ALBERT CAMUS’ THE PLAGUE

Presented by Dr. Randy Gordon, with Institute Fellows

Published in 1947, Albert Camus’ classic novel is arguably the most powerful literary treatment of “the plague” of all time. Early on, the narrator says, “Everybody knows that pestilences have a way of recurring in the world, yet somehow we find it hard to believe in ones that crash down on our heads from a blue sky. There have been as many plagues as wars in history, yet always plagues and wars take people equally by surprise…. How should they have given a thought to anything like plague, which rules out any future, cancels journeys, silences the exchange of views? They fancied themselves free, and no one will ever be free so long as there are pestilences.” Camus’ presentation of the plague and the ways his characters confront it will be uncannily familiar to us in the Covid era—absurd, perhaps, but existentially very real. Read the novel with us and join Dr. Gordon as he takes us inside Camus’ powerful imagination.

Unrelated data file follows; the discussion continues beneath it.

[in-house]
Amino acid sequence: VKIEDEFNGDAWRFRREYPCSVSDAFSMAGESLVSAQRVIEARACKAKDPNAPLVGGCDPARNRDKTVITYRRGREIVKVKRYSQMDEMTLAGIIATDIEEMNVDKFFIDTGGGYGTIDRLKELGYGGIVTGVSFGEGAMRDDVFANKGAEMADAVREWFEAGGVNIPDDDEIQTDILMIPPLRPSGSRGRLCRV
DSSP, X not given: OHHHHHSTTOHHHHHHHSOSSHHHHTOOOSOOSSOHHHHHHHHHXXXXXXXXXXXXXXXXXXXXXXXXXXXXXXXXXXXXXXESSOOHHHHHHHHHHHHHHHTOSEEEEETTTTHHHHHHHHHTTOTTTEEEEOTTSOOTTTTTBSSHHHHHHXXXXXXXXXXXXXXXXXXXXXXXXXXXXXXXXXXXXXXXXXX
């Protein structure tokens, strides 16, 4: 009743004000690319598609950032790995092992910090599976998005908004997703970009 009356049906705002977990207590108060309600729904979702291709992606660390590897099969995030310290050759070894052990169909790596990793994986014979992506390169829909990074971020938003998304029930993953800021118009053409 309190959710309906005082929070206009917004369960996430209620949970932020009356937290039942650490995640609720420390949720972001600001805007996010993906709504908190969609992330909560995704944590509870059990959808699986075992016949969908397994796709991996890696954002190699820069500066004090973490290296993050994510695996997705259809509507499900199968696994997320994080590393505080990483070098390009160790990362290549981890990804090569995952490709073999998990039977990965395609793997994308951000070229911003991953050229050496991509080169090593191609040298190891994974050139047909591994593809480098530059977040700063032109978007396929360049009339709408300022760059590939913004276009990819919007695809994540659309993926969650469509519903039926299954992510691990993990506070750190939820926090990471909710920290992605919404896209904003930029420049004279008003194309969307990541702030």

Tuesday, October 20: 6:30-8:00pm
Suggested tuition is $15; please donate as much as you can or as little as you can spare.

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ABOUT DR. RANDY GORDON

Dr. Randy Gordon is a Founding Partner of Barnes & Thornburg LLP’s Dallas office and Executive Professor of Law and History at Texas A&M University. He is a prolific writer and frequent lecturer. Among his publications are Rehumanizing Law: A Theory of Law and Democracy and numerous book chapters and journal articles across the U.S. and beyond.